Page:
Taleb is one of the best contrarian thinkers of today. He couldn’t care less about intellectualism; it’s all about practical wisdom. This book proposes a contrarian philosophy in investing and probability by focusing on blind spots, the events that you deem highly unlikely to happen, but if they do, will radically impact your life or your organization. The proverbial black swan refers to this: if you believe all swans are white, it only takes one black swan to obliterate your belief system.

This is not a book that one can read lightly or quickly. It’s instructive because it teaches you to think differently. Taleb also recently gave a graduation speech, something he doesn’t do often. You can read the script here.

 

10. Better: A Surgeon’s Notes on Performance by Atul Gawande

Another doctor on the list. Gawande is a general surgeon, recipient of the 2006 MacArthur “Genius” Grant, and a writer for The New Yorker. This book is about what it takes to be successful in medicine. Gawande is an effective writer and the book is almost like an anatomy lesson in excellence.

[Update] Based on this book, here comes the densest article on this blog so far. It’s not for the faint-hearted. But if you’re driven enough to read 3500 words on how to excel, click the link below.

 

 

Anatomy of Excellence

Great books let you meet and spend time with inspiring people. I’ve noticed that there’s one thing that these people have in common that inspires me again and again. Read about this unique trait in this post:

The One Trait Inspiring People Have in Common

 

 

Favorite Books Lists

2021: Best Books of 2021 Part 1

2020: Best Books of 2020 Part 1, Best Books of 2020 Part 2.

2019: Best Books of 2019 Part 1, Best Books of 2019 Part 2.

2018: Best Books of 2018 Part 1, Best Books of 2018 Part 2.

2017Best Books of 2017 Part 1, Best Books of 2017 Part 2.

2016Best Books of 2016 Part 1Best Books of 2016 Part 2.

2015Best Books of 2015 Part 1Best Books of 2015 Part 2.

 

*Amazon Product and Bookshop links on this blog are affiliate links, which means that each time you purchase something through those links, I get a small commission without you paying any extra. Of course you don’t have to use them, but if you want to chip-in towards content creation for this blog, I’d really appreciate it!

 

The One Trait Inspiring People Have in Common

The One Trait Inspiring People Have in Common

Inspiration. Moments when life gets elevated to a kind of dreaminess. The belief that there’s something more, something better than what the eyes see.

 

I think about my last decade, about the books I’ve read, about the people I’ve known about, and I notice a pattern. From time to time there are individuals who inspire me not just intellectually, but also emotionally. I may encounter their voices in a book, an interview, or a speech, but a single trait impresses me over and over again. It is this: the ability to treat work as a calling [1].

 

What Inspiring People Have in Common

 

Muses—that’s what they are, spanning across time and interests. From Paul Kalanithi’s poetic reflection on the moral imperative to be excellent in neurosurgery, a work that treads delicate boundaries between the body and the soul, the brain and the person’s identity, Atul Gawande’s pursuit to better medical practitioners as stewards of other human beings, Oliver Sacks’ deep awareness of the humanity in each of his neurology patient, war photographers and conflict journalists’ death-defying commitment to tell the truth, David Axelrod’s hopefulness on politics as a powerful medium to impact the lives of many people, in spite of the corruptions that he has witnessed, Seth Godin’s anthem on true and genuine content as the essence of marketing, that trust is the currency transacted between you and your audience, a sacred thing not to be abused, Hope Jahren’s love for plants and for a science that can’t be measured by its money-making power, but still important to study, Bryan Stevenson’s dedication to advocate for the most helpless in the criminal justice system, to artists and craftsmen toiling to perfect their creation. Each of these individuals treats their work, almost ceremonially, as something sacred. They handle their lifework with reverence, embracing its true value, and applying themselves to it with excellence, rigor, and most of all, love.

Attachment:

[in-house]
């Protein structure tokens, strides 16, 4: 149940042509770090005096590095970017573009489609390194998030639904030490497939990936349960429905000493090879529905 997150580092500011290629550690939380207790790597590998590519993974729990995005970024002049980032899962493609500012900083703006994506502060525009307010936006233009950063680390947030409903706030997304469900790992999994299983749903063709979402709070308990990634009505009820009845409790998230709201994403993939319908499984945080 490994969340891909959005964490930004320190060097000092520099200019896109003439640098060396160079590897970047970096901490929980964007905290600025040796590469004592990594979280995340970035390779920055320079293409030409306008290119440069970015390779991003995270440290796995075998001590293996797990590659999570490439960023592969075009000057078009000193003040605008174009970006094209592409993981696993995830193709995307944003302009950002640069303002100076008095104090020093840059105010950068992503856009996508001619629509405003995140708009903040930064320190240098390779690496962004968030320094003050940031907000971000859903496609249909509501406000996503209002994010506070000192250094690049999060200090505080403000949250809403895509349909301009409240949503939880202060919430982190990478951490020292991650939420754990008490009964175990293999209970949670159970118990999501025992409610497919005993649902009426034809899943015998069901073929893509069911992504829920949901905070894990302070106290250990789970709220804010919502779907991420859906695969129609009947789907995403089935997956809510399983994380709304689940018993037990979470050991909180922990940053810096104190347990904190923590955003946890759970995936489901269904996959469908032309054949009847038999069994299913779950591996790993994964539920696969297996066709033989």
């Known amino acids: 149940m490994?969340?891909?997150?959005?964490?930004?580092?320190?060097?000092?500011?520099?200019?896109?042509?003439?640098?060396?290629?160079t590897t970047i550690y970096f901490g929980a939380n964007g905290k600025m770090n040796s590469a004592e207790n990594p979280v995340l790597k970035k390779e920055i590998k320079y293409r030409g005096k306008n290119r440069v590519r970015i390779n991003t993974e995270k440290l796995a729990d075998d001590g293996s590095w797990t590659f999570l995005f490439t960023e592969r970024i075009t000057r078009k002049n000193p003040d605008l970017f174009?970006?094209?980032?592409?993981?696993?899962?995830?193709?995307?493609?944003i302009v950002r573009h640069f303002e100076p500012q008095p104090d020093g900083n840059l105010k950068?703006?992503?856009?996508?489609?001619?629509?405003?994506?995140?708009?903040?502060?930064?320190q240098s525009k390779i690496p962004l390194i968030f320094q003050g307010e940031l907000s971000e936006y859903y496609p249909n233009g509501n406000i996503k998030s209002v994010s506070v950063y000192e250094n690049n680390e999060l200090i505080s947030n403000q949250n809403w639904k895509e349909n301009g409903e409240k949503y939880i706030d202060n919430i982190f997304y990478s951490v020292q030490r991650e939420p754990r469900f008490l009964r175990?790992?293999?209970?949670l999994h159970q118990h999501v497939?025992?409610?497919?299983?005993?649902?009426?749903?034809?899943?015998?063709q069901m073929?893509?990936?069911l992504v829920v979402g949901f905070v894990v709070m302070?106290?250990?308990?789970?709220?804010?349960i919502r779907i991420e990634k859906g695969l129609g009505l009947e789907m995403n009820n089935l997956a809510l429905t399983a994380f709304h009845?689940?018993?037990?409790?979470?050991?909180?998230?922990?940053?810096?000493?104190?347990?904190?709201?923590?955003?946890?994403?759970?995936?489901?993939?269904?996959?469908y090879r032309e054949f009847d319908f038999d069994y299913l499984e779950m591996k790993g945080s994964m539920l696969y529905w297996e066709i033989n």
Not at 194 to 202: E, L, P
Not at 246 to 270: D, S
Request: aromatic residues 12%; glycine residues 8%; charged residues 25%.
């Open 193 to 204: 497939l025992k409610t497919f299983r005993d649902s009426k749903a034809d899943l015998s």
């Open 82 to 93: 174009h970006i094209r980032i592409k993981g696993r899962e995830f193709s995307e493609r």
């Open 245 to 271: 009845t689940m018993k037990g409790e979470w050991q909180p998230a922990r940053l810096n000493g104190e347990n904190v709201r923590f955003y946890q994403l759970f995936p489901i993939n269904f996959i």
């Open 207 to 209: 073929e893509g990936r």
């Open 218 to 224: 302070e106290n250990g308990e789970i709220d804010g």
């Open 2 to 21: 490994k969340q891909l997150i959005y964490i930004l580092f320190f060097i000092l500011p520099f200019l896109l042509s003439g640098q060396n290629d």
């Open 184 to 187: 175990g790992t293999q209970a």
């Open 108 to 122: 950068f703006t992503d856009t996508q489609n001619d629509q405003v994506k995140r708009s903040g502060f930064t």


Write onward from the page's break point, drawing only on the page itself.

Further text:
They treat work with a deep sense of personal responsibility. It’s not a job that someone else imposed on them, something they would push to someone else if they could. They work with conviction, a commitment to do the right thing even if it’s hard, no matter what the consequences. There’s stubbornness in their hope and optimism, which in its self-fulfilling way propagates to the rest of us. They don’t only exist in book world. Occasionally I meet them in real life too, everyday heroes who see the true essence of their work, the essence of its good, and do them with excellence.

 

I resonate with this Way of living in the core of my being. I consider these individuals having reached a certain fullness of being alive. These are not perfect people, as their strengths may be interwoven with weaknesses in other areas. They may even be tortured souls in one way or another. But because they have lived, we become better.

 

Living a calling requires an idealism that must be tested by hardships. The inevitable struggle, an incarnation of the classic idealist vs. realist debate, will manifest itself. How to work with purity in the face of life’s commercial need? What about money? How do we pay the bills?

 

Some of us don’t have the luxury to be idealists, some may say, and yes, fair points. But let’s face it. The idealists are the ones who ennoble humanity here on earth. Their approaches, infusing meaning to the mundane, lift our existence up and refresh us with honor and nobility. They remind us that there’s something better, some way better.

 

Searching for True Value

 

In my own life, I seek for this deep meaning in engineering, in reading, and in writing. What does it mean to do good engineering, not just doing it well? What does it mean to read well, to not just be entertained, but to be taught and to share experiences with the author? What does it mean to write well, to honor the trust that you, readers, have given me by spending your time on this site? How can I produce something valuable, something that would make people better, somehow, as a result of reading the blog?

 

I consider these worthy questions, never too idealistic to pursue. In fact, without this pursuit, my own idealism and optimism would have died. Like those muses, I want to live a worthy life, do worthy things, and present a little gift to the world during my existence on this planet.

 

The Power of Choices

 

Often times, there are disappointed or wistful voices lamenting the fact that society is not as noble as it used to be. There’s this nostalgia of a time and place where humans were collectively better, when everyone valued work as a calling.